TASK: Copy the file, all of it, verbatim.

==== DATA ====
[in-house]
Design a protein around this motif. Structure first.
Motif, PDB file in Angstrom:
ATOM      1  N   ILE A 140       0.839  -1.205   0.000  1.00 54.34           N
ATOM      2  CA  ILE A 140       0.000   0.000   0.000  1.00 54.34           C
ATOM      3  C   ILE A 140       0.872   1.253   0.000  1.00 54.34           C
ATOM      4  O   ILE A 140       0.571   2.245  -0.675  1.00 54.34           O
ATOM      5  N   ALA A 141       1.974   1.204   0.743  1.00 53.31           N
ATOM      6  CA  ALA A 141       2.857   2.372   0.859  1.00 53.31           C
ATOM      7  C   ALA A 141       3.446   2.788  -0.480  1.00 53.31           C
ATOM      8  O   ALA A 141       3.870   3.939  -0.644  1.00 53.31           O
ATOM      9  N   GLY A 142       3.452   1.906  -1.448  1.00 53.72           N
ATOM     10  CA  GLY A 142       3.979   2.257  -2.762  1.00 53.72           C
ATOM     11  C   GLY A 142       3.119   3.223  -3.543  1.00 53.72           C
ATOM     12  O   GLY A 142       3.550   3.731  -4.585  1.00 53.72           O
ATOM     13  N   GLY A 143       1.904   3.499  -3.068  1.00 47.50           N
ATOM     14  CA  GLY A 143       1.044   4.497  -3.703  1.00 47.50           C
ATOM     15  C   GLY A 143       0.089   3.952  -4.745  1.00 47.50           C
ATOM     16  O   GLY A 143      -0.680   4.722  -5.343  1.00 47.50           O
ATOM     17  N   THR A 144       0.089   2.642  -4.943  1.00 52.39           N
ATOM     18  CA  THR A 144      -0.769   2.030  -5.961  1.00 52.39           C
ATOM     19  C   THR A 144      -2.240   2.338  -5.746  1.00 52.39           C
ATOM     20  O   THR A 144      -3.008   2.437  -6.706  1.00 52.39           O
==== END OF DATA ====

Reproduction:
[in-house]
Design a protein around this motif. Structure first.
Motif, PDB file in Angstrom:
ATOM      1  N   ILE A 140       0.839  -1.205   0.000  1.00 54.34           N
ATOM      2  CA  ILE A 140       0.000   0.000   0.000  1.00 54.34           C
ATOM      3  C   ILE A 140       0.872   1.253   0.000  1.00 54.34           C
ATOM      4  O   ILE A 140       0.571   2.245  -0.675  1.00 54.34           O
ATOM      5  N   ALA A 141       1.974   1.204   0.743  1.00 53.31           N
ATOM      6  CA  ALA A 141       2.857   2.372   0.859  1.00 53.31           C
ATOM      7  C   ALA A 141       3.446   2.788  -0.480  1.00 53.31           C
ATOM      8  O   ALA A 141       3.870   3.939  -0.644  1.00 53.31           O
ATOM      9  N   GLY A 142       3.452   1.906  -1.448  1.00 53.72           N
ATOM     10  CA  GLY A 142       3.979   2.257  -2.762  1.00 53.72           C
ATOM     11  C   GLY A 142       3.119   3.223  -3.543  1.00 53.72           C
ATOM     12  O   GLY A 142       3.550   3.731  -4.585  1.00 53.72           O
ATOM     13  N   GLY A 143       1.904   3.499  -3.068  1.00 47.50           N
ATOM     14  CA  GLY A 143       1.044   4.497  -3.703  1.00 47.50           C
ATOM     15  C   GLY A 143       0.089   3.952  -4.745  1.00 47.50           C
ATOM     16  O   GLY A 143      -0.680   4.722  -5.343  1.00 47.50           O
ATOM     17  N   THR A 144       0.089   2.642  -4.943  1.00 52.39           N
ATOM     18  CA  THR A 144      -0.769   2.030  -5.961  1.00 52.39           C
ATOM     19  C   THR A 144      -2.240   2.338  -5.746  1.00 52.39           C
ATOM     20  O   THR A 144      -3.008   2.437  -6.706  1.00 52.39           O